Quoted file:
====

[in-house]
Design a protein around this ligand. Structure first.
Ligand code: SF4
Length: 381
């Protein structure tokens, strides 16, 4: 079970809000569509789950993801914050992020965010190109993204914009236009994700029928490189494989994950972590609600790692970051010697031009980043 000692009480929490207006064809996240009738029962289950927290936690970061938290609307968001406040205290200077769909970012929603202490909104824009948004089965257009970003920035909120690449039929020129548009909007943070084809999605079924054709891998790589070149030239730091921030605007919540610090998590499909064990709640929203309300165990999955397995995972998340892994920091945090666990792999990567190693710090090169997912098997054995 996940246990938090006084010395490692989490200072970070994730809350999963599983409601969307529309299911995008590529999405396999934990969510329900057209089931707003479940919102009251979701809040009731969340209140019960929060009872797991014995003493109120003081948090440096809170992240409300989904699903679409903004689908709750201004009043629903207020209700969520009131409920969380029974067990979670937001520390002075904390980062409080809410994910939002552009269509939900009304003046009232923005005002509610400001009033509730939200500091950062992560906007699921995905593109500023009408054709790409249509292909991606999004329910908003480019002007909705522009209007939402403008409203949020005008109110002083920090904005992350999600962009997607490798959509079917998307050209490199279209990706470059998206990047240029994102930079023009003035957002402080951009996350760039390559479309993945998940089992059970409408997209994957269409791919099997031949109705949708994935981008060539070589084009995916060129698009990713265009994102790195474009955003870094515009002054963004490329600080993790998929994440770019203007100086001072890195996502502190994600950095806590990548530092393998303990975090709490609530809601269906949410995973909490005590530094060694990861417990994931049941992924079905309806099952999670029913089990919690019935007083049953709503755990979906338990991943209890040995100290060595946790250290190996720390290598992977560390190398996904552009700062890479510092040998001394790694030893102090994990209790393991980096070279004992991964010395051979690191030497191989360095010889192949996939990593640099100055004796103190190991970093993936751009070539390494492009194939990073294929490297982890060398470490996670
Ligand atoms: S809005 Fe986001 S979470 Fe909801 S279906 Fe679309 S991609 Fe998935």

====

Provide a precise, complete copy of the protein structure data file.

[in-house]
Design a protein around this ligand. Structure first.
Ligand code: SF4
Length: 381
């Protein structure tokens, strides 16, 4: 079970809000569509789950993801914050992020965010190109993204914009236009994700029928490189494989994950972590609600790692970051010697031009980043 000692009480929490207006064809996240009738029962289950927290936690970061938290609307968001406040205290200077769909970012929603202490909104824009948004089965257009970003920035909120690449039929020129548009909007943070084809999605079924054709891998790589070149030239730091921030605007919540610090998590499909064990709640929203309300165990999955397995995972998340892994920091945090666990792999990567190693710090090169997912098997054995 996940246990938090006084010395490692989490200072970070994730809350999963599983409601969307529309299911995008590529999405396999934990969510329900057209089931707003479940919102009251979701809040009731969340209140019960929060009872797991014995003493109120003081948090440096809170992240409300989904699903679409903004689908709750201004009043629903207020209700969520009131409920969380029974067990979670937001520390002075904390980062409080809410994910939002552009269509939900009304003046009232923005005002509610400001009033509730939200500091950062992560906007699921995905593109500023009408054709790409249509292909991606999004329910908003480019002007909705522009209007939402403008409203949020005008109110002083920090904005992350999600962009997607490798959509079917998307050209490199279209990706470059998206990047240029994102930079023009003035957002402080951009996350760039390559479309993945998940089992059970409408997209994957269409791919099997031949109705949708994935981008060539070589084009995916060129698009990713265009994102790195474009955003870094515009002054963004490329600080993790998929994440770019203007100086001072890195996502502190994600950095806590990548530092393998303990975090709490609530809601269906949410995973909490005590530094060694990861417990994931049941992924079905309806099952999670029913089990919690019935007083049953709503755990979906338990991943209890040995100290060595946790250290190996720390290598992977560390190398996904552009700062890479510092040998001394790694030893102090994990209790393991980096070279004992991964010395051979690191030497191989360095010889192949996939990593640099100055004796103190190991970093993936751009070539390494492009194939990073294929490297982890060398470490996670
Ligand atoms: S809005 Fe986001 S979470 Fe909801 S279906 Fe679309 S991609 Fe998935």